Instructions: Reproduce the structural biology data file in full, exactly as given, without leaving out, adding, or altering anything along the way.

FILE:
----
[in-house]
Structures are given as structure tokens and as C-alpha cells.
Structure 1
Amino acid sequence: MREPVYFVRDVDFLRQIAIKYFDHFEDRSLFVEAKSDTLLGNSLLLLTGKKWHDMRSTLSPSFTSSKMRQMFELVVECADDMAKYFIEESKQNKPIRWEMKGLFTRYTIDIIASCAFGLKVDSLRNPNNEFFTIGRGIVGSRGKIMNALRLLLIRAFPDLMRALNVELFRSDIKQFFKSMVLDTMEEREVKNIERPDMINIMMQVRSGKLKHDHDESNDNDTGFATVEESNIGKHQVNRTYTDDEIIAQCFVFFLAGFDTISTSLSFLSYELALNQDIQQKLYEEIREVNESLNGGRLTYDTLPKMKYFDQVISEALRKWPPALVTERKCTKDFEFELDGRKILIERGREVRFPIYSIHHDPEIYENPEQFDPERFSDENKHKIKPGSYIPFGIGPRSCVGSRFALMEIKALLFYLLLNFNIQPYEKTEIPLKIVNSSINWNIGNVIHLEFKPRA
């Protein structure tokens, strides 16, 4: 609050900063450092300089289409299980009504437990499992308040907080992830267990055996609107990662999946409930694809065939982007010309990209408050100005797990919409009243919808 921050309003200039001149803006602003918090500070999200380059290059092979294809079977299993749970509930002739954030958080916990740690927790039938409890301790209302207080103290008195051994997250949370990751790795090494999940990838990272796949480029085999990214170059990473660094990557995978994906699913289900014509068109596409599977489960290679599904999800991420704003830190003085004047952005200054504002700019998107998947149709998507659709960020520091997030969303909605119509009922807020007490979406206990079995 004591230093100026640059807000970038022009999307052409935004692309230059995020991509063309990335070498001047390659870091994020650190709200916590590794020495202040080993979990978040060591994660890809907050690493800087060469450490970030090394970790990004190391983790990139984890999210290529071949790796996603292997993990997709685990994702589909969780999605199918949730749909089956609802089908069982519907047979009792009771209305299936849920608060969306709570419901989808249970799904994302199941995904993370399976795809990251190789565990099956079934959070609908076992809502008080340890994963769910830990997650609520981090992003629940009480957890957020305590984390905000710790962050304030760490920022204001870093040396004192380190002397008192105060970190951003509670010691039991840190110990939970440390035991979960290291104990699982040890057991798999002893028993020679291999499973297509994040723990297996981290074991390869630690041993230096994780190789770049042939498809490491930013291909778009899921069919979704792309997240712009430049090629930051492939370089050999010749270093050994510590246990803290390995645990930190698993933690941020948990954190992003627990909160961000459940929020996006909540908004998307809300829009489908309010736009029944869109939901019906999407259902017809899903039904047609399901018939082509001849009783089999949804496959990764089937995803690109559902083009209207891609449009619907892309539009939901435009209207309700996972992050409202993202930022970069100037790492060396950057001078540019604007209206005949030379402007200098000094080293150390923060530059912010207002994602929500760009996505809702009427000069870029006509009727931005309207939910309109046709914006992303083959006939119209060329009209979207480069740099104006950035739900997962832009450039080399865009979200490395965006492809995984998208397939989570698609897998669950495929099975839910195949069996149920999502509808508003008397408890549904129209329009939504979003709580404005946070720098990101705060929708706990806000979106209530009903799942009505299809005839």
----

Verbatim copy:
[in-house]
Structures are given as structure tokens and as C-alpha cells.
Structure 1
Amino acid sequence: MREPVYFVRDVDFLRQIAIKYFDHFEDRSLFVEAKSDTLLGNSLLLLTGKKWHDMRSTLSPSFTSSKMRQMFELVVECADDMAKYFIEESKQNKPIRWEMKGLFTRYTIDIIASCAFGLKVDSLRNPNNEFFTIGRGIVGSRGKIMNALRLLLIRAFPDLMRALNVELFRSDIKQFFKSMVLDTMEEREVKNIERPDMINIMMQVRSGKLKHDHDESNDNDTGFATVEESNIGKHQVNRTYTDDEIIAQCFVFFLAGFDTISTSLSFLSYELALNQDIQQKLYEEIREVNESLNGGRLTYDTLPKMKYFDQVISEALRKWPPALVTERKCTKDFEFELDGRKILIERGREVRFPIYSIHHDPEIYENPEQFDPERFSDENKHKIKPGSYIPFGIGPRSCVGSRFALMEIKALLFYLLLNFNIQPYEKTEIPLKIVNSSINWNIGNVIHLEFKPRA
């Protein structure tokens, strides 16, 4: 609050900063450092300089289409299980009504437990499992308040907080992830267990055996609107990662999946409930694809065939982007010309990209408050100005797990919409009243919808 921050309003200039001149803006602003918090500070999200380059290059092979294809079977299993749970509930002739954030958080916990740690927790039938409890301790209302207080103290008195051994997250949370990751790795090494999940990838990272796949480029085999990214170059990473660094990557995978994906699913289900014509068109596409599977489960290679599904999800991420704003830190003085004047952005200054504002700019998107998947149709998507659709960020520091997030969303909605119509009922807020007490979406206990079995 004591230093100026640059807000970038022009999307052409935004692309230059995020991509063309990335070498001047390659870091994020650190709200916590590794020495202040080993979990978040060591994660890809907050690493800087060469450490970030090394970790990004190391983790990139984890999210290529071949790796996603292997993990997709685990994702589909969780999605199918949730749909089956609802089908069982519907047979009792009771209305299936849920608060969306709570419901989808249970799904994302199941995904993370399976795809990251190789565990099956079934959070609908076992809502008080340890994963769910830990997650609520981090992003629940009480957890957020305590984390905000710790962050304030760490920022204001870093040396004192380190002397008192105060970190951003509670010691039991840190110990939970440390035991979960290291104990699982040890057991798999002893028993020679291999499973297509994040723990297996981290074991390869630690041993230096994780190789770049042939498809490491930013291909778009899921069919979704792309997240712009430049090629930051492939370089050999010749270093050994510590246990803290390995645990930190698993933690941020948990954190992003627990909160961000459940929020996006909540908004998307809300829009489908309010736009029944869109939901019906999407259902017809899903039904047609399901018939082509001849009783089999949804496959990764089937995803690109559902083009209207891609449009619907892309539009939901435009209207309700996972992050409202993202930022970069100037790492060396950057001078540019604007209206005949030379402007200098000094080293150390923060530059912010207002994602929500760009996505809702009427000069870029006509009727931005309207939910309109046709914006992303083959006939119209060329009209979207480069740099104006950035739900997962832009450039080399865009979200490395965006492809995984998208397939989570698609897998669950495929099975839910195949069996149920999502509808508003008397408890549904129209329009939504979003709580404005946070720098990101705060929708706990806000979106209530009903799942009505299809005839």